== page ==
By Sabina Mollot
Police are on the lookout for two robbers who threatened two victims with a razor blade on East 22nd Street and Park Avenue South on Monday afternoon.
Cops say the pair approached two 19-year-old men, at 4:20 p.m. and pulled out the blade while demanding money. They ended up getting away with a phone and $10 in cash. The victims weren’t hurt.
By Congress Member Carolyn Maloney
This January, the entire country was stunned to watch and hear one young woman after another courageously step up to the microphone to detail their experiences of sexual abuse committed by Larry Nassar, and that they represented hundreds of other women around the country. As each told their story, I was struck by how many people failed to protect these young girls and how many red flags were blatantly ignored, all allowing Nassar to continue his abuse over decades.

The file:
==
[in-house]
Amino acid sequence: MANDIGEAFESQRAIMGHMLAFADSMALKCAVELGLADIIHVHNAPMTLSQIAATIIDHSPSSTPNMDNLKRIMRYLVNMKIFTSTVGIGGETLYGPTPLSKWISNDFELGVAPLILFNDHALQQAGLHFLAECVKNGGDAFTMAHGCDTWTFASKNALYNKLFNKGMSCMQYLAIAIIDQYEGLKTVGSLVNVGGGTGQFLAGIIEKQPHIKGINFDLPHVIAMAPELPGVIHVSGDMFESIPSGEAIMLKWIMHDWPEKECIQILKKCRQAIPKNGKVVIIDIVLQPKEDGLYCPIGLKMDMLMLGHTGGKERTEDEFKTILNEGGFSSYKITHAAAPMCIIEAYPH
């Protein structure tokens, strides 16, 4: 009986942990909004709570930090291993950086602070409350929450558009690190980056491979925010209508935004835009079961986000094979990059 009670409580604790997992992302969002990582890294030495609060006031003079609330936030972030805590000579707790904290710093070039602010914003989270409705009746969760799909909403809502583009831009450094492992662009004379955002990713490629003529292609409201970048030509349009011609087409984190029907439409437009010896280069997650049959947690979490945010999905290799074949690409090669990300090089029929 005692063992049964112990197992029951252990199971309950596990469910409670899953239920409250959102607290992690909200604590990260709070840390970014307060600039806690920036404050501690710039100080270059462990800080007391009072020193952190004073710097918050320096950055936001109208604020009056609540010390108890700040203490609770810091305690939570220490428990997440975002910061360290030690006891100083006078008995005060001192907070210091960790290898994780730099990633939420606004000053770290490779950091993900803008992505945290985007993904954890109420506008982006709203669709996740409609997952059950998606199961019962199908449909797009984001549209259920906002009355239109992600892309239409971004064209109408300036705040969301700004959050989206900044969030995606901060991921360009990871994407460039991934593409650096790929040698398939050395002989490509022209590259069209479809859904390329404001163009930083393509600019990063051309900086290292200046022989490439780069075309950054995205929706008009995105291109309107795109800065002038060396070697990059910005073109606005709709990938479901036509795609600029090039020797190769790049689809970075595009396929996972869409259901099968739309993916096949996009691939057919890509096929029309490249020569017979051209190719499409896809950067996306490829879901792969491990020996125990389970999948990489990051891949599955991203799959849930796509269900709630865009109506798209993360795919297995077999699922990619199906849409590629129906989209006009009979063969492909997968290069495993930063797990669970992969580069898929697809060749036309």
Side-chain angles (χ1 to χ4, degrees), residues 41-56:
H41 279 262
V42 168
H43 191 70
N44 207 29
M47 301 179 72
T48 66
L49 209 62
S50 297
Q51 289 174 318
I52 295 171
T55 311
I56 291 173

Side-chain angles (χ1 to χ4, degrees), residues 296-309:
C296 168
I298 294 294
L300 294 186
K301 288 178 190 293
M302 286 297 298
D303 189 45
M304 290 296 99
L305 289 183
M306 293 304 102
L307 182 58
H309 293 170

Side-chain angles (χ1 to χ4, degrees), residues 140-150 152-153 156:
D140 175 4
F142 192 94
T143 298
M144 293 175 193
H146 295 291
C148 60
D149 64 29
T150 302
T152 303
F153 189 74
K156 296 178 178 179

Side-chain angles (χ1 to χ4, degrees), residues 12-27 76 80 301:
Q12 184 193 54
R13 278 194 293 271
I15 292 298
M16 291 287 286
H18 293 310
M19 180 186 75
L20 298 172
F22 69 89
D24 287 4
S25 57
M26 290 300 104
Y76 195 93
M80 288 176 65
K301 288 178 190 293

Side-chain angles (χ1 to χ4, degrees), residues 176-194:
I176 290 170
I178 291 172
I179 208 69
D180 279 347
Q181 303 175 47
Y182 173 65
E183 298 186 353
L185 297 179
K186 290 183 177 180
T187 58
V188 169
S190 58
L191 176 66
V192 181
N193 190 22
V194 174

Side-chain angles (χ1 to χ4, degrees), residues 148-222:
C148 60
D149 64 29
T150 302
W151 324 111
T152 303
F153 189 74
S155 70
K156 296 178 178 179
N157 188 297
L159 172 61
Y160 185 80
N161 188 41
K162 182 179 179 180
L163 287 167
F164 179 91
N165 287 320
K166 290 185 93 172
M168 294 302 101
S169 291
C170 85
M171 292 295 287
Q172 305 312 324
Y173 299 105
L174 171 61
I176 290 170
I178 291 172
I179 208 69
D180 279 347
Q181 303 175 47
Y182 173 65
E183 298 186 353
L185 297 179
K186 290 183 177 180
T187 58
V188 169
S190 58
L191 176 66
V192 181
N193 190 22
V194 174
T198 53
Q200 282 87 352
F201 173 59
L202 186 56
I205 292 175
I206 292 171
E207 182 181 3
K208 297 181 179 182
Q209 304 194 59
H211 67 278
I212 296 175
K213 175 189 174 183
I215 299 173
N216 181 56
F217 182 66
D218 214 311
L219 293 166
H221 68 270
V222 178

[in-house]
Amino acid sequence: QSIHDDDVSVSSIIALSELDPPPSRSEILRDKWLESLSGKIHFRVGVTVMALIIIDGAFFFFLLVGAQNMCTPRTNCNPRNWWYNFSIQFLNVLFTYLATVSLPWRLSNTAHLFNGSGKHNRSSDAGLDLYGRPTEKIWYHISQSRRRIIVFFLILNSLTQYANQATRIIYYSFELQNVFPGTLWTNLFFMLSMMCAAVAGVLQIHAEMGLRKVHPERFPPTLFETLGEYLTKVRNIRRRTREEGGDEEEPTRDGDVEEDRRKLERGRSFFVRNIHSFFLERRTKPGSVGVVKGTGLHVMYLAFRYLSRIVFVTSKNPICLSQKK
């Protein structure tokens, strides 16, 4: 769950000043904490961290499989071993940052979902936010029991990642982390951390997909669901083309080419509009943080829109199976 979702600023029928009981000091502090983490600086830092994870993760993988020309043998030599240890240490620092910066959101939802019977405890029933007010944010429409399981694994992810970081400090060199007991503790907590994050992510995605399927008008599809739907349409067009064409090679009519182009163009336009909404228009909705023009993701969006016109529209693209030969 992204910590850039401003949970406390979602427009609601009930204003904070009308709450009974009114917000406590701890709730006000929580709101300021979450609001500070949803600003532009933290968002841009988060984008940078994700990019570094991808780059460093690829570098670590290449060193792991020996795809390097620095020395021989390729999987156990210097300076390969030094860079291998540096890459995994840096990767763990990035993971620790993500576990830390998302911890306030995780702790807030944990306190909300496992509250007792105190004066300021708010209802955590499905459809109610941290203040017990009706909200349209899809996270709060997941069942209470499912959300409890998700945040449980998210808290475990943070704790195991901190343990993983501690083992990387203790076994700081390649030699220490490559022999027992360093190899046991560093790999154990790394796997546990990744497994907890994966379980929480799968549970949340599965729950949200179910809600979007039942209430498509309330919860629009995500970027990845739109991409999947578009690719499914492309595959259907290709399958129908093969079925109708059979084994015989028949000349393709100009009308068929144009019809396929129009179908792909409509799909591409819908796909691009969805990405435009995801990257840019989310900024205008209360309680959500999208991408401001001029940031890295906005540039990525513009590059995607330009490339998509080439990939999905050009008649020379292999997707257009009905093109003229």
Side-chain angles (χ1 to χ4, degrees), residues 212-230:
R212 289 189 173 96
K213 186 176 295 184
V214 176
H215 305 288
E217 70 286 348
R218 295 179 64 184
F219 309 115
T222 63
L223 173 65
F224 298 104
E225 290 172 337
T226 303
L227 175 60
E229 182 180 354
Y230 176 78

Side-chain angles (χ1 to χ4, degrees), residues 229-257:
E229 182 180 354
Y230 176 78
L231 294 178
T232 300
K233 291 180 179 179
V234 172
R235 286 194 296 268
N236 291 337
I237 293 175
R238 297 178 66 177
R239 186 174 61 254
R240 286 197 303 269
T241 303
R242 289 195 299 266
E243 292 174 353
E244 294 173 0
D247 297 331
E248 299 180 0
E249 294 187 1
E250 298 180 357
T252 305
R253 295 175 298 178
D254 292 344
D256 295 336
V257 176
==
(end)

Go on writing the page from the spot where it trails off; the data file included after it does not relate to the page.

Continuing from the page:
These girls and women turned to the adults they should have been able to trust – coaches, school administrators, the police – and each time they were dismissed and ignored, their stories covered up. Each and every organization tasked with their protection made decisions to defend themselves and not the innocent girls whose safety should have been their priority. A system that chooses prestige, power, and gold medals above the health and safety of its athletes has a lot to answer for.
That is why, on January 25, I asked the Committee of Oversight and Government Reform, on which I am a senior member, to immediately begin investigating how this could have happened. Chairman Gowdy agreed, and I joined him, Ranking Member Elijah Cummings and other members of our Committee in calling upon the US Olympic Committee, USA Gymnastics, Michigan State University, Twistars USA, and Karolyi Ranch to explain how Nassar’s crimes were allowed to occur and persist for decades. In light of recent reporting, I have also asked Chairman Gowdy to expand this investigation to include the FBI, NCAA and U.S. Department of Education.